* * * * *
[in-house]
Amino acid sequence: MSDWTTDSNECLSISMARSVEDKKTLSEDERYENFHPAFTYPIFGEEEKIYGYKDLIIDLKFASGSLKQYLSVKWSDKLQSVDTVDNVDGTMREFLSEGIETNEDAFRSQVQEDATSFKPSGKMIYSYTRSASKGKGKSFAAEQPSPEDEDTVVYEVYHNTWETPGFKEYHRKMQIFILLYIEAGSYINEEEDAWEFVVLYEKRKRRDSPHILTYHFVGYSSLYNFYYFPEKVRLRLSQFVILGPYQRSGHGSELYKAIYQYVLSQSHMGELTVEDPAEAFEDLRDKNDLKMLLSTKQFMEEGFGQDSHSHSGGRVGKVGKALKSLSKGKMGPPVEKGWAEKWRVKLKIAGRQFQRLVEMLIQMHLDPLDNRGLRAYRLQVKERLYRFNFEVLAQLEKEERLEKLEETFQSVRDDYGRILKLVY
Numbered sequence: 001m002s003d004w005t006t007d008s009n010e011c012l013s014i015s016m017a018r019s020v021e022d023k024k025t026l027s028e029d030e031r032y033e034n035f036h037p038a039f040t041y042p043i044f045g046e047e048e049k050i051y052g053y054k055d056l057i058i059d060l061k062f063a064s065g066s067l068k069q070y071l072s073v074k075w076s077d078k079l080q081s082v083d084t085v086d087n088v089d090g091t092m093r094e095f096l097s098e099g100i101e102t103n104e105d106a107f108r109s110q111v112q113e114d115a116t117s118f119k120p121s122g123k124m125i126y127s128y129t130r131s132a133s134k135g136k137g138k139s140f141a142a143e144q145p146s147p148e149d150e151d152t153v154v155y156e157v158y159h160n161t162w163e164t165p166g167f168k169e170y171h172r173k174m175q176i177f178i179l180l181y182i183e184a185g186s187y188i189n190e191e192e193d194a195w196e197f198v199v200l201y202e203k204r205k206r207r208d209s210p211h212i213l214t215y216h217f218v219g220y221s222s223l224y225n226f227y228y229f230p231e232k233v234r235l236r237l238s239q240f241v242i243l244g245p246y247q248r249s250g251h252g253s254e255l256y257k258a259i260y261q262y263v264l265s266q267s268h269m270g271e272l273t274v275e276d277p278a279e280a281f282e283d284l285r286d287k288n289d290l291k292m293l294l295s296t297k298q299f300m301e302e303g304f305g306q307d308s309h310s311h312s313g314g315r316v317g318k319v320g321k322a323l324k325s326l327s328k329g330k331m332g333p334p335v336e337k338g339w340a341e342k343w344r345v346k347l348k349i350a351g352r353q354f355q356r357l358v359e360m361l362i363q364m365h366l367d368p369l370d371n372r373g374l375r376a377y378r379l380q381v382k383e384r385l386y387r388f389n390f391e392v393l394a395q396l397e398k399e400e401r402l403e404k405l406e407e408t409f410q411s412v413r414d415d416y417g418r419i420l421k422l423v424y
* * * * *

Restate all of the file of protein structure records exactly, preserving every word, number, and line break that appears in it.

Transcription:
[in-house]
Amino acid sequence: MSDWTTDSNECLSISMARSVEDKKTLSEDERYENFHPAFTYPIFGEEEKIYGYKDLIIDLKFASGSLKQYLSVKWSDKLQSVDTVDNVDGTMREFLSEGIETNEDAFRSQVQEDATSFKPSGKMIYSYTRSASKGKGKSFAAEQPSPEDEDTVVYEVYHNTWETPGFKEYHRKMQIFILLYIEAGSYINEEEDAWEFVVLYEKRKRRDSPHILTYHFVGYSSLYNFYYFPEKVRLRLSQFVILGPYQRSGHGSELYKAIYQYVLSQSHMGELTVEDPAEAFEDLRDKNDLKMLLSTKQFMEEGFGQDSHSHSGGRVGKVGKALKSLSKGKMGPPVEKGWAEKWRVKLKIAGRQFQRLVEMLIQMHLDPLDNRGLRAYRLQVKERLYRFNFEVLAQLEKEERLEKLEETFQSVRDDYGRILKLVY
Numbered sequence: 001m002s003d004w005t006t007d008s009n010e011c012l013s014i015s016m017a018r019s020v021e022d023k024k025t026l027s028e029d030e031r032y033e034n035f036h037p038a039f040t041y042p043i044f045g046e047e048e049k050i051y052g053y054k055d056l057i058i059d060l061k062f063a064s065g066s067l068k069q070y071l072s073v074k075w076s077d078k079l080q081s082v083d084t085v086d087n088v089d090g091t092m093r094e095f096l097s098e099g100i101e102t103n104e105d106a107f108r109s110q111v112q113e114d115a116t117s118f119k120p121s122g123k124m125i126y127s128y129t130r131s132a133s134k135g136k137g138k139s140f141a142a143e144q145p146s147p148e149d150e151d152t153v154v155y156e157v158y159h160n161t162w163e164t165p166g167f168k169e170y171h172r173k174m175q176i177f178i179l180l181y182i183e184a185g186s187y188i189n190e191e192e193d194a195w196e197f198v199v200l201y202e203k204r205k206r207r208d209s210p211h212i213l214t215y216h217f218v219g220y221s222s223l224y225n226f227y228y229f230p231e232k233v234r235l236r237l238s239q240f241v242i243l244g245p246y247q248r249s250g251h252g253s254e255l256y257k258a259i260y261q262y263v264l265s266q267s268h269m270g271e272l273t274v275e276d277p278a279e280a281f282e283d284l285r286d287k288n289d290l291k292m293l294l295s296t297k298q299f300m301e302e303g304f305g306q307d308s309h310s311h312s313g314g315r316v317g318k319v320g321k322a323l324k325s326l327s328k329g330k331m332g333p334p335v336e337k338g339w340a341e342k343w344r345v346k347l348k349i350a351g352r353q354f355q356r357l358v359e360m361l362i363q364m365h366l367d368p369l370d371n372r373g374l375r376a377y378r379l380q381v382k383e384r385l386y387r388f389n390f391e392v393l394a395q396l397e398k399e400e401r402l403e404k405l406e407e408t409f410q411s412v413r414d415d416y417g418r419i420l421k422l423v424y